Tray Pizzy the young man with the fire red Mohawk, gages in his ears and tattoos is a well-known performer on all the indie Hip Hop NYC stages. He is Inspired not directly from music legends per- say but rather inventive visuals from the likes of Missy Elliot and Busta Rhymes. He equates his sound to his life experiences and because of that has a catalogue of work that sounds like no one else. Tray Pizzy and his Broke & Trippy family go to every show, body it, and remind people why underground Hip Hop shows are more prevalent then radio. The BX Native has created quite a buzz with his first two mixtapes Green eggs & Spam, and Life II Trill. His latest EP The Truman Show from beginning to end offers up a generous amount of stories, melodies and ideologies but the sheer ingenuity is that weeks into listening to it, it still surprises me.
The Truman show is a movie starring Jim Carrey an unknowing insurance salesman who finds out his entire life has been a T.V Show. Tray starts his tape off however with one of the most legendary monologues from Peter Finch’s character Howard Beale in the Classic Film The Network. The “I’m Mad as Hell” quote (Highly suggested read) is Howard’s dive off the deep end as he breaks the unwritten rule of gate-keeping in newscasts and shakes the viewers to the core with an honest discharge of the state of society. The juxtaposition was baffling when I first heard his mixtape. Tray’s EP is challenging his listeners to watch him do what he does and how he does it, but expect to see unfiltered honesty.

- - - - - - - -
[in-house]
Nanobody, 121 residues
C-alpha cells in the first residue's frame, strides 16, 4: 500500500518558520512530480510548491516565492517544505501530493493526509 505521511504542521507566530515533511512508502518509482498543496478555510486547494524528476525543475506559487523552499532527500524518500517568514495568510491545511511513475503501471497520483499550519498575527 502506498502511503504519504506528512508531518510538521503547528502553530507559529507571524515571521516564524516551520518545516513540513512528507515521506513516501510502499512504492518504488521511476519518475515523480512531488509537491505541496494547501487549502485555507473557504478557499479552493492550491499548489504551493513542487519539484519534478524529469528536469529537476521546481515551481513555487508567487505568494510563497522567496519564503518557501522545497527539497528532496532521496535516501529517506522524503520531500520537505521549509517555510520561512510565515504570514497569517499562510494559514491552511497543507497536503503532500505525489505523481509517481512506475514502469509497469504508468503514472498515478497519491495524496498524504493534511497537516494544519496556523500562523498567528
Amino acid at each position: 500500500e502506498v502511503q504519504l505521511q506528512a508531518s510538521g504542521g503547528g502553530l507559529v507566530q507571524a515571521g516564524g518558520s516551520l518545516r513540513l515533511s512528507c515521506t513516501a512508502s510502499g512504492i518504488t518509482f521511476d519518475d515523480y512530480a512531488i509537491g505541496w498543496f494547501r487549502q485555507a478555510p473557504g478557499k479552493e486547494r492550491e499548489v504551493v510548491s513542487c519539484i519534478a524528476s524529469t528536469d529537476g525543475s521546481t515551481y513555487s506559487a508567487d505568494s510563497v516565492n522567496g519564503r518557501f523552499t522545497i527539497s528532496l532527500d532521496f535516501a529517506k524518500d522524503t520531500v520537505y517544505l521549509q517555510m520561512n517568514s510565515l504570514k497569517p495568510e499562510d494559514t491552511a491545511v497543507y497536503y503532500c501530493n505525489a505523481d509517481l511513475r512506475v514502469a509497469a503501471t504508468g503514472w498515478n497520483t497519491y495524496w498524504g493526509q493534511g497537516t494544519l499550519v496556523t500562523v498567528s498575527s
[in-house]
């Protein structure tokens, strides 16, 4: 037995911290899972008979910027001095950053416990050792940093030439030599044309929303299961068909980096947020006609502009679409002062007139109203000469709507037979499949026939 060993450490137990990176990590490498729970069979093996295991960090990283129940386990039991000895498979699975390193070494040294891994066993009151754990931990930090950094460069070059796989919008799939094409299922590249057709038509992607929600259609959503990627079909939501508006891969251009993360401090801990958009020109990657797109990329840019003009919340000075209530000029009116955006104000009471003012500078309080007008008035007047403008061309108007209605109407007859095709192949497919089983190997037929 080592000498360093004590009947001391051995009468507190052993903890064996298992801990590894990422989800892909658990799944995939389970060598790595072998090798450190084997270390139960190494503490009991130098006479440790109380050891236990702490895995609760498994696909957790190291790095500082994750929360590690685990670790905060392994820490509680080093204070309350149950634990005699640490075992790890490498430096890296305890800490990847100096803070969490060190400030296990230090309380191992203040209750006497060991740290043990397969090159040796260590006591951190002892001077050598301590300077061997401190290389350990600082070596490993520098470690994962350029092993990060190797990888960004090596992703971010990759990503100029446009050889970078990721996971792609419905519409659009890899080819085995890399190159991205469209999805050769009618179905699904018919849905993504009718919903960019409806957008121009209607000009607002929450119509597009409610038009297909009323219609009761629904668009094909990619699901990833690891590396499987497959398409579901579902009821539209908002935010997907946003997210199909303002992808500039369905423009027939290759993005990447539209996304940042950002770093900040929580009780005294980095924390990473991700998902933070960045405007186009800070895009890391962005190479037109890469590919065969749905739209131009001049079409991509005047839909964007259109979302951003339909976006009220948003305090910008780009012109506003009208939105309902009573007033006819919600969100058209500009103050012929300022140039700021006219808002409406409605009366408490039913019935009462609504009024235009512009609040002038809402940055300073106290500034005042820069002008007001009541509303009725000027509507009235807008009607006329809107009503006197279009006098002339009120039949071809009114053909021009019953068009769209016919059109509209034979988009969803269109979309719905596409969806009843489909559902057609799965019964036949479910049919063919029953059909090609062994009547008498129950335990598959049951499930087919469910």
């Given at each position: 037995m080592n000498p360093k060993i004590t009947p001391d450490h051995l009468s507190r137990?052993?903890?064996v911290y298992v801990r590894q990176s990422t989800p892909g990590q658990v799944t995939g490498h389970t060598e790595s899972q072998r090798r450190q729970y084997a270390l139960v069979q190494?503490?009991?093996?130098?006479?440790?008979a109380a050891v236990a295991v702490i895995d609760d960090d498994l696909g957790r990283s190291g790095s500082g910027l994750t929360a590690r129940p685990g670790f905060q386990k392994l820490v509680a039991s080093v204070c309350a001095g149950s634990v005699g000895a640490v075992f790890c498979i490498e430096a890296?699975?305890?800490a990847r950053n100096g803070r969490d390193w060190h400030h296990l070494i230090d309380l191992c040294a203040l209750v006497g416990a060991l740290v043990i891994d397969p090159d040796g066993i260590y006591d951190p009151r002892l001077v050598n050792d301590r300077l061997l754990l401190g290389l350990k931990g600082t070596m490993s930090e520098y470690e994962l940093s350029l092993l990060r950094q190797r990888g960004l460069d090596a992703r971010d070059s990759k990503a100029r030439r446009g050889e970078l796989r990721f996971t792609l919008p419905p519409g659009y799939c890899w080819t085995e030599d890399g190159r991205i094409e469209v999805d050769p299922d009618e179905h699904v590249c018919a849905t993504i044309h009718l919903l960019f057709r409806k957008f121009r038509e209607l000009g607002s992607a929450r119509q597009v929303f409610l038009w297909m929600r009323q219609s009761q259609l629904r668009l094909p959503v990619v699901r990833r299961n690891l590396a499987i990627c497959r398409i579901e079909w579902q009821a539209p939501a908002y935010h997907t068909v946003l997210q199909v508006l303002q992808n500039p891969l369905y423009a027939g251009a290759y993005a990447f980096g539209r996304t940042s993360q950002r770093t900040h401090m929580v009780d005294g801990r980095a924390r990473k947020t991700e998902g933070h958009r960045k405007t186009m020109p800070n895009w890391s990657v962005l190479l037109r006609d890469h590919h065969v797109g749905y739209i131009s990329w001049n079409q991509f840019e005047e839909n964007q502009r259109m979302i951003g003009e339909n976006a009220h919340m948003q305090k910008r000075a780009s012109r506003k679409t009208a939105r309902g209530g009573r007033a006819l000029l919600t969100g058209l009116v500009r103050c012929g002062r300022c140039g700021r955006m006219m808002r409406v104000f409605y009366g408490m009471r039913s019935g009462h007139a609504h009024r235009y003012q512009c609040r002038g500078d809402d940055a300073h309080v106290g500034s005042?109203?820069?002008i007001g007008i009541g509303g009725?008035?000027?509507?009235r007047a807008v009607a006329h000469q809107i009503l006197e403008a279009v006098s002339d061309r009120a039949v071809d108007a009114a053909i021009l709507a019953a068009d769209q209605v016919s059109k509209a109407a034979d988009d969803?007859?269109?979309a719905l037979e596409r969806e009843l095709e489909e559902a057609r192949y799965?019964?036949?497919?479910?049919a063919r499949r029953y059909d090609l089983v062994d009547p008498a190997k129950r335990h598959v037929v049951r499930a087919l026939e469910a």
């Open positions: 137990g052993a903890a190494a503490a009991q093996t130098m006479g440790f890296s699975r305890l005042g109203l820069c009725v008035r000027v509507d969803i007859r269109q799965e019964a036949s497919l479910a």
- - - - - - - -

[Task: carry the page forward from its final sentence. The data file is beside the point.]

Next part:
“The Truman show is about a person that didn’t know their life was a show, basically I am taking that power away and I’m saying I know that my life is a show and I am going to give you the best show possible.” – Tray Pizzy
Blending the voyeuristic nature of The Truman show movie with the ideals from The Network is a heavy concept running through the EP. Exhibited in almost every song Tray challenges his listeners with raw, uncut lyrics cleverly weaved in puns and punch lines. #Smartmotherfucker
The conjecture of waiting for affirmations also comes into play in songs like Dreams of a Bomb. A literal rip of a classic funk flex cosign from the radio. Tray slays the 3 minute song with a verse scoffing at his naysayers while enlightening the listeners to his mission. His music may sound club friendly and it undoubtedly is but, his lyrical set up in 100% of his songs are keen and meditated.
Songs like Belee Dat, My Borough and Oh No embody the Broke and Trippy Mantra with a raspy delivery from Tray spouting trials of the come up and what it’s taken to get where he is now. All heavily rhythmic songs that are inundating when performed live. Listening to them a couple times you hear his prowess and use of wordplay that some may miss first time around. The EP ends with in my eyes ones of the hardest tracks to date. Hold up is the reason Tray does what he does. From expressing personal grief to the honest admissions of his loved ones, he takes you on a play by play of what this music means to him and everyone around him.